Mouse tissue fixation

Robert Cardiff, Claramae H. Miller, Robert J. Munn

Research output: Contribution to journalArticle

1 Scopus citations

Abstract

One of the primary goals of fixation is to stop postmortem changes that degrade the tissue and allow optimal preservation of morphologic and cytological detail as well as nucleic acid integrity. Following death, tissues soon undergo autolysis, and if organisms from the gastrointestinal, urinary, or respiratory tracts are present, their colonization can soon cause putrefaction. Time is of the essence because warmer temperatures accelerate both types of degradation. Placing the tissue into a fixative stops the postmortem changes. Fixatives have their effect on tissue by cross-linking, coagulation, or a combination of both. This article outlines the basic tissue fixation procedure and offers guidance on choosing an appropriate fixative, the timing and duration of fixation, sample storage, and quality issues.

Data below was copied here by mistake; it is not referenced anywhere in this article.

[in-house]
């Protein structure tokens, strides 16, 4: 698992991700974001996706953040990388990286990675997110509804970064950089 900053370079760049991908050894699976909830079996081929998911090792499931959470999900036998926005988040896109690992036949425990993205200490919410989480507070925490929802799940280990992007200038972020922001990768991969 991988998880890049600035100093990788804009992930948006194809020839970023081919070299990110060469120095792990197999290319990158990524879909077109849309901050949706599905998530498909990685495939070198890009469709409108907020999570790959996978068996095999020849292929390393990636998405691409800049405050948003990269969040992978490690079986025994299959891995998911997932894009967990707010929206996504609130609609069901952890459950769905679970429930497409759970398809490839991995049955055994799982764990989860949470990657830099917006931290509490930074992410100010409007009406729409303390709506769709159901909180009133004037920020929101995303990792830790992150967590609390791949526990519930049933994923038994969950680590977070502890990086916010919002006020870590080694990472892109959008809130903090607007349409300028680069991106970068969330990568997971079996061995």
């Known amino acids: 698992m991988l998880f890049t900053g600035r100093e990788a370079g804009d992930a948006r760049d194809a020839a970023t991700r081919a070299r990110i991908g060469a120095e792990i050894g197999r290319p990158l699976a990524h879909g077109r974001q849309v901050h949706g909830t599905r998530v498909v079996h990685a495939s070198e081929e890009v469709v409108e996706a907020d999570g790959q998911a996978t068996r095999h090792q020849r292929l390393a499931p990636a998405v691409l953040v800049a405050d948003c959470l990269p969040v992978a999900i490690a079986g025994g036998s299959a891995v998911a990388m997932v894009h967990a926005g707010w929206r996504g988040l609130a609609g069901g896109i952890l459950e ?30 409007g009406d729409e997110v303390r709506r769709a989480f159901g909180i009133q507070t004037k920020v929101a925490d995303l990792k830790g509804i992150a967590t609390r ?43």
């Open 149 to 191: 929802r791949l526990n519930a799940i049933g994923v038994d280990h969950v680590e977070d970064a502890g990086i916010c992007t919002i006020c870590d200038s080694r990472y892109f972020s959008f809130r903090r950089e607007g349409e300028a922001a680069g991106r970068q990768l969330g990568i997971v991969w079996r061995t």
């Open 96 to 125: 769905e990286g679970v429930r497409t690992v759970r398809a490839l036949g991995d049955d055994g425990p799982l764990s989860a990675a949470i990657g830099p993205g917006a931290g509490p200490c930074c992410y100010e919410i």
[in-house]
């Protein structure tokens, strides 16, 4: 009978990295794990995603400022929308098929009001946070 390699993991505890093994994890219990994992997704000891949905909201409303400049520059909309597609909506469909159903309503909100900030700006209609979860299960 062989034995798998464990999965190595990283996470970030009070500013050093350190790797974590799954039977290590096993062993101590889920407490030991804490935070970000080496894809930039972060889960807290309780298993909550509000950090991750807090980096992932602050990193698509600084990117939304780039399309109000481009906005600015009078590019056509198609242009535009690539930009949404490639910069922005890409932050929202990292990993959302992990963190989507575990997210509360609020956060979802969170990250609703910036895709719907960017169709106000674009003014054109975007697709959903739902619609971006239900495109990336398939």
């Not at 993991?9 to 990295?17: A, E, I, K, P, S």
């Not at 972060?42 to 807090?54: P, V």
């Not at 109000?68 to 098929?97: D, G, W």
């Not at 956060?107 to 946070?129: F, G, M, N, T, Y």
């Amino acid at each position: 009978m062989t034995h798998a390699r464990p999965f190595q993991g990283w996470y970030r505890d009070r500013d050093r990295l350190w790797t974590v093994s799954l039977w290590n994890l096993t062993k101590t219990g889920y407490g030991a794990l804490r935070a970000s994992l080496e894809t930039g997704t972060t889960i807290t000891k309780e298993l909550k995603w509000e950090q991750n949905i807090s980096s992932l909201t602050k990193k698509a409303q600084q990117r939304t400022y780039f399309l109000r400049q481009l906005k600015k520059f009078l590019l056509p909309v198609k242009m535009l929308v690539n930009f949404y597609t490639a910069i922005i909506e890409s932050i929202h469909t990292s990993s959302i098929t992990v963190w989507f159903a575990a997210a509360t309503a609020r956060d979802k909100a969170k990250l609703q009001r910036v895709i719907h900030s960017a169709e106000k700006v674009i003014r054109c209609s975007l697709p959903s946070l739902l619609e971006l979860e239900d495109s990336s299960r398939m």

Original languageEnglish (US)
Pages (from-to)522-524
Number of pages3
JournalCold Spring Harbor Protocols
Volume2014
Issue number5
DOIs
StatePublished - Mar 1 2014

ASJC Scopus subject areas

  • Biochemistry, Genetics and Molecular Biology(all)

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